Bill Ackman says US did the right thing in protecting SVB depositors

A sign hangs at the Silicon Valley Banks headquarters in Santa Clara, California, March 10, 2023.

Noah Berger | AFP | Getty Images

Billionaire investor Bill Ackman said the US government’s move to protect depositors after the Silicon Valley bank implosion was “not a bailout” and was helping to restore confidence in the banking system.

In his recent tweet about the collapse of the SVB, the hedge fund investor said the US government did the “right thing”.

“This was in no way a rescue operation. The people who screwed up will face the consequences,” the Pershing Square CEO wrote. “Importantly, our government has sent a message that depositors can trust the banking system.”

Ackman’s comments came after banking regulators announced over the weekend plans to provide money to support depositors at Silicon Valley Bank, which closed Friday after a bank run.

“Without that trust, we’re left with three or possibly four too-big-to-fail banks that explicitly leave the taxpayer on the hook, and our national system of community and regional banks will be toasted,” Ackman added.

Ackman further explained that the main victims of the incident will be shareholders and bondholders of the banks, and the losses will be borne by the Federal Deposit Insurance Corporation (FDIC) insurance fund.

This is in contrast to the Great Financial Crisis of 2007-2008, when the US government injected taxpayers’ money into the banks in the form of preferred stock and bondholders were protected.

The government’s decisive action was seen by some as a crucial step in curbing contagion fears sparked by the collapse of SVB, a key bank for start-ups and other venture capital-backed businesses.

Not everyone agrees.

Peter Schiff, chief economist and global strategist at Euro Pacific Capital, said the move was “another mistake” by the US government and the Fed.

He explained in another tweet: “The bailout means depositors put their money in the riskiest banks and receive higher interest rates as there is no downside risk.”

The result?

“…all banks will take greater risks in order to pay higher interest rates. So, in the long run, many more banks will fail, with far greater long-term costs,” Schiff said.

Clear timetable

In an opinion Late Sunday — issued jointly by the Federal Reserve, the Treasury Department and the FDIC — regulators said there would be no bailouts and no taxpayer costs associated with any of the new plans.

“Today we are taking decisive action to protect the U.S. economy by increasing public confidence in our banking system,” said Federal Reserve Chair Jerome Powell, Treasury Secretary Janet Yellen and FDIC Chairwoman in a joint statement , Martin Gruenberg.

Along with this move, the Fed also said it is launching a new Bank Term Funding Program aimed at protecting institutions hit by the market instability of the SVB default.

The statement also said that New York-based Signature Bank will be closed due to systemic risk. Signature has been a popular funding source for cryptocurrency companies.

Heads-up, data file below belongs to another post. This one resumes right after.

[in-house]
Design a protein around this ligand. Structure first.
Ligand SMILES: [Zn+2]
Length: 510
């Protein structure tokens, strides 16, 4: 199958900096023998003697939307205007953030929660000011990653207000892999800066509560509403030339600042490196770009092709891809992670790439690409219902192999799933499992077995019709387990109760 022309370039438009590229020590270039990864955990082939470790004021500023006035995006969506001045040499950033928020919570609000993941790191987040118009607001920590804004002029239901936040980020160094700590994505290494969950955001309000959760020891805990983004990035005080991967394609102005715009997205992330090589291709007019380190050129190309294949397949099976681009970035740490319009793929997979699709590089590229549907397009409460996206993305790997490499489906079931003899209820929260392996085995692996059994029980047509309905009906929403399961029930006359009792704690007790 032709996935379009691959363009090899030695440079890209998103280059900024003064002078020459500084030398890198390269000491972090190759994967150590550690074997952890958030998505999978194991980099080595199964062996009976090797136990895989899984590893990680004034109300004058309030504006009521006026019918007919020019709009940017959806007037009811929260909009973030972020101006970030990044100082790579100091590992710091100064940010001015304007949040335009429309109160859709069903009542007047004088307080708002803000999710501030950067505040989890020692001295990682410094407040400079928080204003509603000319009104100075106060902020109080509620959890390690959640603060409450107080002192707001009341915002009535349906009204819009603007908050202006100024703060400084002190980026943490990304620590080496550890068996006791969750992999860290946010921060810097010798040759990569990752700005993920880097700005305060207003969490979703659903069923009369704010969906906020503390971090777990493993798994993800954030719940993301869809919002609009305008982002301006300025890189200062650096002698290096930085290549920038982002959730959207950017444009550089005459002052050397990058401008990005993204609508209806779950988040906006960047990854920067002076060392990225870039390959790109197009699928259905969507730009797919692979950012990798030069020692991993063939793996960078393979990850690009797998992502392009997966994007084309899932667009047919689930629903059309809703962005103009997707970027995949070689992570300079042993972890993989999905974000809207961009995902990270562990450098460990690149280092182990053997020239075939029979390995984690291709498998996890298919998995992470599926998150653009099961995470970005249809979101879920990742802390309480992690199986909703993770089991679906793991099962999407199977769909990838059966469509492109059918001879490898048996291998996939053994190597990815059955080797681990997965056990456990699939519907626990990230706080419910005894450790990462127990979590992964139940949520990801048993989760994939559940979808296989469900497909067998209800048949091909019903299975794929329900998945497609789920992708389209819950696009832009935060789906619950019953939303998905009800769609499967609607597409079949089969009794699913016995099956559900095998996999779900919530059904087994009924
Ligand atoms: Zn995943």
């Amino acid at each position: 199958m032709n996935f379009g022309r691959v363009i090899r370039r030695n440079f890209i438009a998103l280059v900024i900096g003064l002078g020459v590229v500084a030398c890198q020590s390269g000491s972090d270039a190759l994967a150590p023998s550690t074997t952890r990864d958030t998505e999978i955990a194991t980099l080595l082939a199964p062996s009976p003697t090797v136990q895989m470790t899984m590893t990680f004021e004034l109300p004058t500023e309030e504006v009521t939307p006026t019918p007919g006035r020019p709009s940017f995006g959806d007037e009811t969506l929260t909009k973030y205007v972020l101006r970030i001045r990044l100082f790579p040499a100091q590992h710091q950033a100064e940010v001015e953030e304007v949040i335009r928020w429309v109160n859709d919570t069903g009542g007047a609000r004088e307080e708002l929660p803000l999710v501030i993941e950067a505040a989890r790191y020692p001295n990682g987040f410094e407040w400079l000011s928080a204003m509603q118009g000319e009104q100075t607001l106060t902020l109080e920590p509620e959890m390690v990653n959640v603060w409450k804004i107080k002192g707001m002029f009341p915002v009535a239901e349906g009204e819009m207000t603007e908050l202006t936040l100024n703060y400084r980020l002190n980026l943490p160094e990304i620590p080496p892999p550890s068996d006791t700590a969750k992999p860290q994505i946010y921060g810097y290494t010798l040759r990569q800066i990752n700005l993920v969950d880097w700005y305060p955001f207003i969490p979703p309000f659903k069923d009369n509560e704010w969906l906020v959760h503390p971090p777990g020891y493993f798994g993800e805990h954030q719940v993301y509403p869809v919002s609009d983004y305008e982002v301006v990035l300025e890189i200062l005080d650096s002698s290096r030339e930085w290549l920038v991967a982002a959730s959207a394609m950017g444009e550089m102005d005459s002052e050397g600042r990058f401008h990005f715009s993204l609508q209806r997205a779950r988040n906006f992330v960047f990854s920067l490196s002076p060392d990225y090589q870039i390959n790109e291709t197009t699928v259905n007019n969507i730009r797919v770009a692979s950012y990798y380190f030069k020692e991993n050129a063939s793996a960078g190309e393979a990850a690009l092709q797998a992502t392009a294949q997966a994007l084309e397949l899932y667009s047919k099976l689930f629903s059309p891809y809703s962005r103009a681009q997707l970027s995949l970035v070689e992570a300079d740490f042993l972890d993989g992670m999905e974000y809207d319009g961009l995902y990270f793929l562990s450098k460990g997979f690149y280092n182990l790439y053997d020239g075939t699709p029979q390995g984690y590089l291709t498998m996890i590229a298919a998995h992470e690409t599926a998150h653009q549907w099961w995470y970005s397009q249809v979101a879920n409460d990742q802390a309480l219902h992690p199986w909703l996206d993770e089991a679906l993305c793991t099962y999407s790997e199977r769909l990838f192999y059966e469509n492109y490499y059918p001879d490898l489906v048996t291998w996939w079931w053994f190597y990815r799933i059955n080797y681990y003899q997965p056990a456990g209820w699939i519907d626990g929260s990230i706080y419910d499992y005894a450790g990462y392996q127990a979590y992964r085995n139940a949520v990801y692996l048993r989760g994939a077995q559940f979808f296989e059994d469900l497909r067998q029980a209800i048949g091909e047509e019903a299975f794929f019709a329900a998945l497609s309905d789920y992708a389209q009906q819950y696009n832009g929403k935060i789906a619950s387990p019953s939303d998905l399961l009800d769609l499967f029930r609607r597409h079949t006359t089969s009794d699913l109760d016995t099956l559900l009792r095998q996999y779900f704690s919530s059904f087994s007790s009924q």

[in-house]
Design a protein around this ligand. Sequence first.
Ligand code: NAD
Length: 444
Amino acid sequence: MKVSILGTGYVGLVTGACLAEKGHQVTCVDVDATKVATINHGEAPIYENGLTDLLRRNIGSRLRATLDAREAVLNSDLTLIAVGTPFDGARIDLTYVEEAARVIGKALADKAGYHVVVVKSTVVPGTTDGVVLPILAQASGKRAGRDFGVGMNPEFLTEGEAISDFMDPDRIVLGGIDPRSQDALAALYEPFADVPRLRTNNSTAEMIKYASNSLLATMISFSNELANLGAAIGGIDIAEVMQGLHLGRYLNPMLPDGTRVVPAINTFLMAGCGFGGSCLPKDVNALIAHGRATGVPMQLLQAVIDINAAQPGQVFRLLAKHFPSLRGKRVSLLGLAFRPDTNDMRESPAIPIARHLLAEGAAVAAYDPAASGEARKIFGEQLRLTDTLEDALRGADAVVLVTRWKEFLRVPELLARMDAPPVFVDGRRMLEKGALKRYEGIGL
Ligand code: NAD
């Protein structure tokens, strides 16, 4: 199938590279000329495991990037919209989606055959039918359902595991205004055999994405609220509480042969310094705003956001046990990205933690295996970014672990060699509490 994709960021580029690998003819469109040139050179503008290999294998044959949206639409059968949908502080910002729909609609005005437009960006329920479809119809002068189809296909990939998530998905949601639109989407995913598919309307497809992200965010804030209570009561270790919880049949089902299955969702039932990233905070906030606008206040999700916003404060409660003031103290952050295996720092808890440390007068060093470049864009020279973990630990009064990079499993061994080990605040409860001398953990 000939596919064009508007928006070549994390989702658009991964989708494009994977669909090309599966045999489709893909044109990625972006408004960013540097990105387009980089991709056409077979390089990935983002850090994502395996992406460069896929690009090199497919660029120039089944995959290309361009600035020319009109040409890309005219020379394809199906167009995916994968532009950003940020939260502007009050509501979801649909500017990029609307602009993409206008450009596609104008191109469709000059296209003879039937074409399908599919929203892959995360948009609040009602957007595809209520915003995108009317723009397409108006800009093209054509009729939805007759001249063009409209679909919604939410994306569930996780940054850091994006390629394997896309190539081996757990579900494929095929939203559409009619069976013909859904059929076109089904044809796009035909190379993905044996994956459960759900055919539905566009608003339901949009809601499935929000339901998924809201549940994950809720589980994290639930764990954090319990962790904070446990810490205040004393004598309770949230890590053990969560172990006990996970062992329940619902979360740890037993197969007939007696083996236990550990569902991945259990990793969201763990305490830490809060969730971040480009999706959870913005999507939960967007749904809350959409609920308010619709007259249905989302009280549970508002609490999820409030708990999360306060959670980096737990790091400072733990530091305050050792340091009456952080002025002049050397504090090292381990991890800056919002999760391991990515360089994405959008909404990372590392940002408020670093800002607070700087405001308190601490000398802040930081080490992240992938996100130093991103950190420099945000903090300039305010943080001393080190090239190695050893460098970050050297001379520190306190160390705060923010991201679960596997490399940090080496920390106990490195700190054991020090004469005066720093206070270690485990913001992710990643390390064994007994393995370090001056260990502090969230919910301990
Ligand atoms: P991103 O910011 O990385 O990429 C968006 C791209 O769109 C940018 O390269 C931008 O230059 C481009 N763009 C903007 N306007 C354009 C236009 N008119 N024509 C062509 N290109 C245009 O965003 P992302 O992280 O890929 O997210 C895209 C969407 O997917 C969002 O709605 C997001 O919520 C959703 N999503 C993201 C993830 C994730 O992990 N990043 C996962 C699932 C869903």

Ackman said in the tweet that if the government hadn’t intervened today, “we would have had a 1930’s bank run, which resumed first thing Monday, would have caused tremendous economic damage and hardship to millions.”

“Despite the intervention, more banks are likely to fail, but we now have a clear roadmap of how the government will manage them.”

‘Lost Faith’

Still, some analysts are unconvinced that regulators’ actions will boost confidence in the US banking system and limit the fallout.

“I don’t think one should underestimate the danger that the American banking system is in,” veteran banking analyst Dick Bove told CNBC.Squawk Box Asia” on Monday.

political support

The White House said President Joe Biden will address the nation Monday morning on how to strengthen the banking system.

“I am determined to hold those responsible for this mess fully accountable and to continue our efforts to strengthen oversight and regulation of larger banks so that we don’t find ourselves in this position again,” Biden said in an opinion.

Jeremy Siegel, a professor at the Wharton School of Business, noted that government intervention will “fortunately” contain losses from the aftermath of SVB.

He said SVB is more of a regional bank than other big Wall Street players. As a result, the government is unlikely to suffer a political blow from its recent action.

“They belong more to the category that we call regional banks. And indeed, politicians love regional banks, unlike the big names who can easily be targeted for … political hits,” Siegel told CNBC’s Street Signs Asia. “

“They have a lot of political support. All members of Congress will hear from their people and their district,” Siegel said. “The smaller banks aren’t JP Morgans, Goldman Sachs and all those. Those are the banks we use… to get down to the regional level.”

— CNBC’s Jeff Cox contributed to this report. Bill Ackman says US did the right thing in protecting SVB depositors

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